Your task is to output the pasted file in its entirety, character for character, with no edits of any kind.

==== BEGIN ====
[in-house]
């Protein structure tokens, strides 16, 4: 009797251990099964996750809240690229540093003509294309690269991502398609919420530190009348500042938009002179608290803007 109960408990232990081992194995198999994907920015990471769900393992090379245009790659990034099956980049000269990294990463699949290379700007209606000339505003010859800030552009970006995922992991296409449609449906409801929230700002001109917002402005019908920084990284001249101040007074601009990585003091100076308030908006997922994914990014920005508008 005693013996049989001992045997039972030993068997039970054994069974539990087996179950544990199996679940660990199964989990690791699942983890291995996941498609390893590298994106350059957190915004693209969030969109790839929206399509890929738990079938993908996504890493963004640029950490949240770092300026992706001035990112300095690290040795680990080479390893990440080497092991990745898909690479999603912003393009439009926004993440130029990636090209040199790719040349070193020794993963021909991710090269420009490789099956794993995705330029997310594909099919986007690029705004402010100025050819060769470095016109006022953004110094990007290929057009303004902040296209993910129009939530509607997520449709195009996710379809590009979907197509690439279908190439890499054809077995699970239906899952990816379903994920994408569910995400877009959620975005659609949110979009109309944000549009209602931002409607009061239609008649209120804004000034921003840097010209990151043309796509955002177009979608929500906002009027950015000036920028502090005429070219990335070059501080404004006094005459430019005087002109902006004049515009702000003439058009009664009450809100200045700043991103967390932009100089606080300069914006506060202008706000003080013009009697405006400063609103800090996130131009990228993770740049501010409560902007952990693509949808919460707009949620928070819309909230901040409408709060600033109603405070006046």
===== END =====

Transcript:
[in-house]
């Protein structure tokens, strides 16, 4: 009797251990099964996750809240690229540093003509294309690269991502398609919420530190009348500042938009002179608290803007 109960408990232990081992194995198999994907920015990471769900393992090379245009790659990034099956980049000269990294990463699949290379700007209606000339505003010859800030552009970006995922992991296409449609449906409801929230700002001109917002402005019908920084990284001249101040007074601009990585003091100076308030908006997922994914990014920005508008 005693013996049989001992045997039972030993068997039970054994069974539990087996179950544990199996679940660990199964989990690791699942983890291995996941498609390893590298994106350059957190915004693209969030969109790839929206399509890929738990079938993908996504890493963004640029950490949240770092300026992706001035990112300095690290040795680990080479390893990440080497092991990745898909690479999603912003393009439009926004993440130029990636090209040199790719040349070193020794993963021909991710090269420009490789099956794993995705330029997310594909099919986007690029705004402010100025050819060769470095016109006022953004110094990007290929057009303004902040296209993910129009939530509607997520449709195009996710379809590009979907197509690439279908190439890499054809077995699970239906899952990816379903994920994408569910995400877009959620975005659609949110979009109309944000549009209602931002409607009061239609008649209120804004000034921003840097010209990151043309796509955002177009979608929500906002009027950015000036920028502090005429070219990335070059501080404004006094005459430019005087002109902006004049515009702000003439058009009664009450809100200045700043991103967390932009100089606080300069914006506060202008706000003080013009009697405006400063609103800090996130131009990228993770740049501010409560902007952990693509949808919460707009949620928070819309909230901040409408709060600033109603405070006046």